Sometimes you feel like a nut; sometimes you…

Sometimes you feel like a nut; sometimes you...

Indian (or maybe Native American) nuts

Who but me would write an entire article for a major newspaper dealing with nuts? No, I am not talking about drivers in Dade County or the people we see getting arrested each night on the 11 O’clock News. I am talking about real edible nuts, the kind we like to eat and enjoy.

The particular nuts that I am referring to were known as Indian nuts, although today, depending on their origin, might be called Native American nuts. They are supposedly similar to pignolia nuts and have been called pinon nuts as well.

For you health nuts out there, they have a high concentration of monounsaturated fat, whatever that is, but I hear it is good for you, also loaded with vitamin D. (BTW, they are kosher). I haven’t determined where exactly they come from and almost fell asleep reading about all the possibilities: Spain, Portugal, Italy, North Africa, Russia, Korea, China, and of course all the Western U.S. states. With all that, you would think that they are available everywhere. Not so!

Perhaps many of you have never enjoyed the pleasure of sitting down with the bowl of these tiny shell nuts, and cracking them one at a time to expose a tiny nut about the size of a pine nut… absolutely delicious. Sometimes a family can have competition as to who can crack the most in a given time. Dentists and periodontists must have loved them.

There is one caveat however: Every once in a while you will encounter a rotten one and that will take away any desire for Indian nuts for at least an hour or so.

My home resource manager mentioned the other day that she had not seen Indian nuts in the stores in quite some time. This of course started a new conversation amongst the Sochin family. My daughter, Lori, the well-trained and detail-oriented lawyer that she is, decided to research the problem on Google.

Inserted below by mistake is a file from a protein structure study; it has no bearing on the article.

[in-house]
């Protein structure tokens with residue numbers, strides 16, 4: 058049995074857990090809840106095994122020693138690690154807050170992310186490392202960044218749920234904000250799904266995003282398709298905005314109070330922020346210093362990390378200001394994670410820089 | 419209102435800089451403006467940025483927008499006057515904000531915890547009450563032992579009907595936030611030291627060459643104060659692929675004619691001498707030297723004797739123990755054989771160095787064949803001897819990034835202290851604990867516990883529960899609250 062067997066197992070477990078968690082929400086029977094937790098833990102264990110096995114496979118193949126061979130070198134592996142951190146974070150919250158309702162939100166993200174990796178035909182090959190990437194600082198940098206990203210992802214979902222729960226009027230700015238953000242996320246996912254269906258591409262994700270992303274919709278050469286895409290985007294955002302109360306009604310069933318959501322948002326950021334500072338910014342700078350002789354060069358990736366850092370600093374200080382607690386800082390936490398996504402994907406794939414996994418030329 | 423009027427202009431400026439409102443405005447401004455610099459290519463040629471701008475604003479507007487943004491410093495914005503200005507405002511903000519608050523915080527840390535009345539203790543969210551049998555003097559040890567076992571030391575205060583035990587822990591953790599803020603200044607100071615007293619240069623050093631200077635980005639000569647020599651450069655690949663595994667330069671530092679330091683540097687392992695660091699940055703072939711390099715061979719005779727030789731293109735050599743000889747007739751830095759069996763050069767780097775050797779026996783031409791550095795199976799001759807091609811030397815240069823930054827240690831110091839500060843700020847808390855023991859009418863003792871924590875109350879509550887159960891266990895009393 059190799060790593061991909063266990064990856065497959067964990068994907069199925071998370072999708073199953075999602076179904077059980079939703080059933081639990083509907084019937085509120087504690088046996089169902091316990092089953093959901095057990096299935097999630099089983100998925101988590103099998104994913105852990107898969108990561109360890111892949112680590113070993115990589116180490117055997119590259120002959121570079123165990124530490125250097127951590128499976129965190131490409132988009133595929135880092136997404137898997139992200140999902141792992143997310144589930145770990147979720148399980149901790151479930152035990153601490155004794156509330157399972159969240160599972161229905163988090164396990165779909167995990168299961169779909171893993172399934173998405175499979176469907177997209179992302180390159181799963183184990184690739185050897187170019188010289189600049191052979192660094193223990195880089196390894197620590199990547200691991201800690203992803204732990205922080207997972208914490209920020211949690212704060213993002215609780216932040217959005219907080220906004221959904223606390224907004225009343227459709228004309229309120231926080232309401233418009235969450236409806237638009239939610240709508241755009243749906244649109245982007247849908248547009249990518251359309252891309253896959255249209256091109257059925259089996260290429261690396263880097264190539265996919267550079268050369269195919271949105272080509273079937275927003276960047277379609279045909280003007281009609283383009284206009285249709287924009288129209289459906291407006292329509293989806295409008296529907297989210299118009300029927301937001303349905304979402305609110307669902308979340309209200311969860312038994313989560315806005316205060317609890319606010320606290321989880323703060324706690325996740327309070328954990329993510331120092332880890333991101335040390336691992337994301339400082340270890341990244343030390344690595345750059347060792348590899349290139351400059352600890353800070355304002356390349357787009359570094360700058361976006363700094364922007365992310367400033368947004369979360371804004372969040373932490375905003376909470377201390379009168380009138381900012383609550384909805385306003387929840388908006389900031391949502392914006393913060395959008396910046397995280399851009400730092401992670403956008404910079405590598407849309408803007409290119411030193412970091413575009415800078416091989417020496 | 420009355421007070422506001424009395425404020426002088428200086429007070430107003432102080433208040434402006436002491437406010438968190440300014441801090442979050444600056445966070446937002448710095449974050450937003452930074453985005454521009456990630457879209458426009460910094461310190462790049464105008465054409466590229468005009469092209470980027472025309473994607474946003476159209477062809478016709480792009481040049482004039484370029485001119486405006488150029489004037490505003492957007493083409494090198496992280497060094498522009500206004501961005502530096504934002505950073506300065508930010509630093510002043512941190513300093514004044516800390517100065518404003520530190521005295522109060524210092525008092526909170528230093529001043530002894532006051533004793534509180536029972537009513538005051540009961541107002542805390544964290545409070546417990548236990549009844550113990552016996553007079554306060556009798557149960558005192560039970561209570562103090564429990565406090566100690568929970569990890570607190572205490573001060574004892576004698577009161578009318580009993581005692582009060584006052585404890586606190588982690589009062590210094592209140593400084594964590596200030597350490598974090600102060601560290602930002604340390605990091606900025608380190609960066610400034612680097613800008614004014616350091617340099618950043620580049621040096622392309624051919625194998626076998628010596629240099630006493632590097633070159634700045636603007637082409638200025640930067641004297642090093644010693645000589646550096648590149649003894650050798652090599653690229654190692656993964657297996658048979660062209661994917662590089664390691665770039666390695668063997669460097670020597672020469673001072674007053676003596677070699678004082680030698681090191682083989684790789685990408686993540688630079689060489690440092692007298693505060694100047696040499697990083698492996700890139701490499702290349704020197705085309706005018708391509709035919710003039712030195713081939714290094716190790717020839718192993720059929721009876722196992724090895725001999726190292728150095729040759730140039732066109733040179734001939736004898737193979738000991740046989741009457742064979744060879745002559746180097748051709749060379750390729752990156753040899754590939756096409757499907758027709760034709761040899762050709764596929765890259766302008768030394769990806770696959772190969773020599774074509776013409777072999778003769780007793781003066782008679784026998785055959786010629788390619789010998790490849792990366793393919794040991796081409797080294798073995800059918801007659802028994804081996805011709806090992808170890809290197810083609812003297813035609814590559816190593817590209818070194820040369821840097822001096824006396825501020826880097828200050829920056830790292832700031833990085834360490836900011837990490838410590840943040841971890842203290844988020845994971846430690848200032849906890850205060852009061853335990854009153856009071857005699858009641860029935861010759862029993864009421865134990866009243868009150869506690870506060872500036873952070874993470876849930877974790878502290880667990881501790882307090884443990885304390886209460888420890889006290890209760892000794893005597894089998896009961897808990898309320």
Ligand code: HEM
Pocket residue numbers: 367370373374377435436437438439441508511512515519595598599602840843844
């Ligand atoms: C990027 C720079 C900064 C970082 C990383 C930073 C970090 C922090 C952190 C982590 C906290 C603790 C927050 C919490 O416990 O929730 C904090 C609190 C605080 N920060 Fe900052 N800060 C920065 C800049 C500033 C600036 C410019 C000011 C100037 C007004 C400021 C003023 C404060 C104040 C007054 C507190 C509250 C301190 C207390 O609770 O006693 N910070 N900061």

She began reading the results of her research to us and after about 20 minutes of exploration on the subject of Indian nuts, advised us that there were only a few pages of information to go on Indian nuts. How much is there to learn about these silly little delicacies? Well it turns out that traces of Indian nut shells were found at the base of Mount Vesuvius as well as in recently discovered Roman campgrounds in England dating back thousands of years.

All I wanted to know is where I could purchase some. The next time I go to Mount Vesuvius I will begin looking around a bit more carefully. We finally found a source for them at $30 per pound. I haven’t ordered them yet but I am weakening as I write this article. Frankly as much as I love my daughter I was pleased when she finally left that evening. She insisted on continuing her “research.”

In the same vein, I sometimes find myself engaged in conversations about earth-shattering matters that require a great deal of research. I recently encountered some people at one of my favorite delicatessens and, in the course of conversation about eggplant parmesan, I cautioned them to make sure that when they order eggplant, that it be of the male persuasion.

The reasoning behind this is something that I learned many years ago detailing the fact that the female eggplant tends to be more bitter. Some say that is the same as in real life but I won’t go there!

Naturally there are those that do not believe in this theory. This time I went to Google all by myself and began researching what could be one of the most talked about subjects in the world of food today. If you don’t believe me, begin your own research and let me know what you find out. I have had chefs in fine restaurants confirm what I say is true. Oh, well, nuts to you!

Ernie may be contacted by email at

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